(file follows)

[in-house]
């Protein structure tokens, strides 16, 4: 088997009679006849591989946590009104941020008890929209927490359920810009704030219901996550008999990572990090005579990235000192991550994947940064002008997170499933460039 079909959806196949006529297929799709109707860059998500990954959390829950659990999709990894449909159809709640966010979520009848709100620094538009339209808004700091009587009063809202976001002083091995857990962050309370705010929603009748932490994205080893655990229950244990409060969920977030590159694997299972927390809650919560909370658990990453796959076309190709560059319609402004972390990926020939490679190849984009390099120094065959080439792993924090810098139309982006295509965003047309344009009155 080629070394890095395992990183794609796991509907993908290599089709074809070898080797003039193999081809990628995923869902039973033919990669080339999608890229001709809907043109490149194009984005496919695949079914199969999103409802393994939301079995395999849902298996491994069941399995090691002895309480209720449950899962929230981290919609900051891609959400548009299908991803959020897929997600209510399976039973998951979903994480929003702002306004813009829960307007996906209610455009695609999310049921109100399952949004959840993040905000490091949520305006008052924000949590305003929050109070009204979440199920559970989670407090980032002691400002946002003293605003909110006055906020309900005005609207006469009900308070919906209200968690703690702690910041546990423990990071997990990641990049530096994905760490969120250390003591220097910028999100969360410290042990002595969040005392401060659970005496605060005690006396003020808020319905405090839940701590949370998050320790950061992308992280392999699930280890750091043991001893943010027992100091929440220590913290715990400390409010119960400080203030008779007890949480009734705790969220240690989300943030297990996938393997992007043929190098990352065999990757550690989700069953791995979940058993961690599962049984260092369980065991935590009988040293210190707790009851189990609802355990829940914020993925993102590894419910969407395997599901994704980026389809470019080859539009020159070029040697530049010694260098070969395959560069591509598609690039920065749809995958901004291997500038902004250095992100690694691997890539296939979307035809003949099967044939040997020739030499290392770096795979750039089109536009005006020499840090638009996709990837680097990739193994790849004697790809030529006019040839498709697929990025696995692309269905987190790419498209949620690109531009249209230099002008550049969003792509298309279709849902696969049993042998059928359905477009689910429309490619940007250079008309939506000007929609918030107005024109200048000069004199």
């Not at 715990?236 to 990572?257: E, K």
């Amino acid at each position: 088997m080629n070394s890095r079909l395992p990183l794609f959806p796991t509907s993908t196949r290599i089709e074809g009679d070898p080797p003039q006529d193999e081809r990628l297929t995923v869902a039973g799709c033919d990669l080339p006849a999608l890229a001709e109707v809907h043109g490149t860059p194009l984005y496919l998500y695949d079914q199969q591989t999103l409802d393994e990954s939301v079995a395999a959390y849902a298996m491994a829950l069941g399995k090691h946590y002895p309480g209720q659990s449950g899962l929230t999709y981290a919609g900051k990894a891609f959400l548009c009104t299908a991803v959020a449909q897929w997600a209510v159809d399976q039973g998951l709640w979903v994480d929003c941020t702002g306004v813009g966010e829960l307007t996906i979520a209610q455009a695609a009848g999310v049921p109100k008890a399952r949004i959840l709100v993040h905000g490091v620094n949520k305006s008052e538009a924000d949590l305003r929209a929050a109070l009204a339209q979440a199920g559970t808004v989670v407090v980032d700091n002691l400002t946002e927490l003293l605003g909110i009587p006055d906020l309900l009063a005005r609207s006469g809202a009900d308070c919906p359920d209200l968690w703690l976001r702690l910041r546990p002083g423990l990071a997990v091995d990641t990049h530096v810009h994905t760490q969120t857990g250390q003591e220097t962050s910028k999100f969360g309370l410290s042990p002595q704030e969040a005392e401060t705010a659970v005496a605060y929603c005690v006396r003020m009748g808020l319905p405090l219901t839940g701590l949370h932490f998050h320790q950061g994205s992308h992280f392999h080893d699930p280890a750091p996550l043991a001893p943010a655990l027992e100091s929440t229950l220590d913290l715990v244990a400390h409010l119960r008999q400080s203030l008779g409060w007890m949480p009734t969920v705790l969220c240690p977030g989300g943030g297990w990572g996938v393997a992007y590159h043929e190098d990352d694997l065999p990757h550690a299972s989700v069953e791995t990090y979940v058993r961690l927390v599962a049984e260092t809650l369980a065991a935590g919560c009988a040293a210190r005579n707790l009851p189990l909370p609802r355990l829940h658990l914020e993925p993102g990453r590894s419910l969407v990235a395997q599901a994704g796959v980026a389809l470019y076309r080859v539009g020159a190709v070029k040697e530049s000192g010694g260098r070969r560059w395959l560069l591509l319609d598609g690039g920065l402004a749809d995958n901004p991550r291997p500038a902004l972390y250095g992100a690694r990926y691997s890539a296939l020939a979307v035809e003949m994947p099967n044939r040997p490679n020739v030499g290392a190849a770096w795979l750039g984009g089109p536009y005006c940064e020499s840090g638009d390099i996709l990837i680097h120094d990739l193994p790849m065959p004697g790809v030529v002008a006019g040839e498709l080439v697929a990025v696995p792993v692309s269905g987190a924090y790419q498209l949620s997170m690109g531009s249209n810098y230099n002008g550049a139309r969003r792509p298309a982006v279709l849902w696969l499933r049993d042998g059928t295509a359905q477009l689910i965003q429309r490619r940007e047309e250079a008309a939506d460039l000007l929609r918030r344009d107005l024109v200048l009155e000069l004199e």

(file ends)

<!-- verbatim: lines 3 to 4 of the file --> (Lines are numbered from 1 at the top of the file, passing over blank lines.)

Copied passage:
């Not at 715990?236 to 990572?257: E, K």
């Amino acid at each position: 088997m080629n070394s890095r079909l395992p990183l794609f959806p796991t509907s993908t196949r290599i089709e074809g009679d070898p080797p003039q006529d193999e081809r990628l297929t995923v869902a039973g799709c033919d990669l080339p006849a999608l890229a001709e109707v809907h043109g490149t860059p194009l984005y496919l998500y695949d079914q199969q591989t999103l409802d393994e990954s939301v079995a395999a959390y849902a298996m491994a829950l069941g399995k090691h946590y002895p309480g209720q659990s449950g899962l929230t999709y981290a919609g900051k990894a891609f959400l548009c009104t299908a991803v959020a449909q897929w997600a209510v159809d399976q039973g998951l709640w979903v994480d929003c941020t702002g306004v813009g966010e829960l307007t996906i979520a209610q455009a695609a009848g999310v049921p109100k008890a399952r949004i959840l709100v993040h905000g490091v620094n949520k305006s008052e538009a924000d949590l305003r929209a929050a109070l009204a339209q979440a199920g559970t808004v989670v407090v980032d700091n002691l400002t946002e927490l003293l605003g909110i009587p006055d906020l309900l009063a005005r609207s006469g809202a009900d308070c919906p359920d209200l968690w703690l976001r702690l910041r546990p002083g423990l990071a997990v091995d990641t990049h530096v810009h994905t760490q969120t857990g250390q003591e220097t962050s910028k999100f969360g309370l410290s042990p002595q704030e969040a005392e401060t705010a659970v005496a605060y929603c005690v006396r003020m009748g808020l319905p405090l219901t839940g701590l949370h932490f998050h320790q950061g994205s992308h992280f392999h080893d699930p280890a750091p996550l043991a001893p943010a655990l027992e100091s929440t229950l220590d913290l715990v244990a400390h409010l119960r008999q400080s203030l008779g409060w007890m949480p009734t969920v705790l969220c240690p977030g989300g943030g297990w990572g996938v393997a992007y590159h043929e190098d990352d694997l065999p990757h550690a299972s989700v069953e791995t990090y979940v058993r961690l927390v599962a049984e260092t809650l369980a065991a935590g919560c009988a040293a210190r005579n707790l009851p189990l909370p609802r355990l829940h658990l914020e993925p993102g990453r590894s419910l969407v990235a395997q599901a994704g796959v980026a389809l470019y076309r080859v539009g020159a190709v070029k040697e530049s000192g010694g260098r070969r560059w395959l560069l591509l319609d598609g690039g920065l402004a749809d995958n901004p991550r291997p500038a902004l972390y250095g992100a690694r990926y691997s890539a296939l020939a979307v035809e003949m994947p099967n044939r040997p490679n020739v030499g290392a190849a770096w795979l750039g984009g089109p536009y005006c940064e020499s840090g638009d390099i996709l990837i680097h120094d990739l193994p790849m065959p004697g790809v030529v002008a006019g040839e498709l080439v697929a990025v696995p792993v692309s269905g987190a924090y790419q498209l949620s997170m690109g531009s249209n810098y230099n002008g550049a139309r969003r792509p298309a982006v279709l849902w696969l499933r049993d042998g059928t295509a359905q477009l689910i965003q429309r490619r940007e047309e250079a008309a939506d460039l000007l929609r918030r344009d107005l024109v200048l009155e000069l004199e």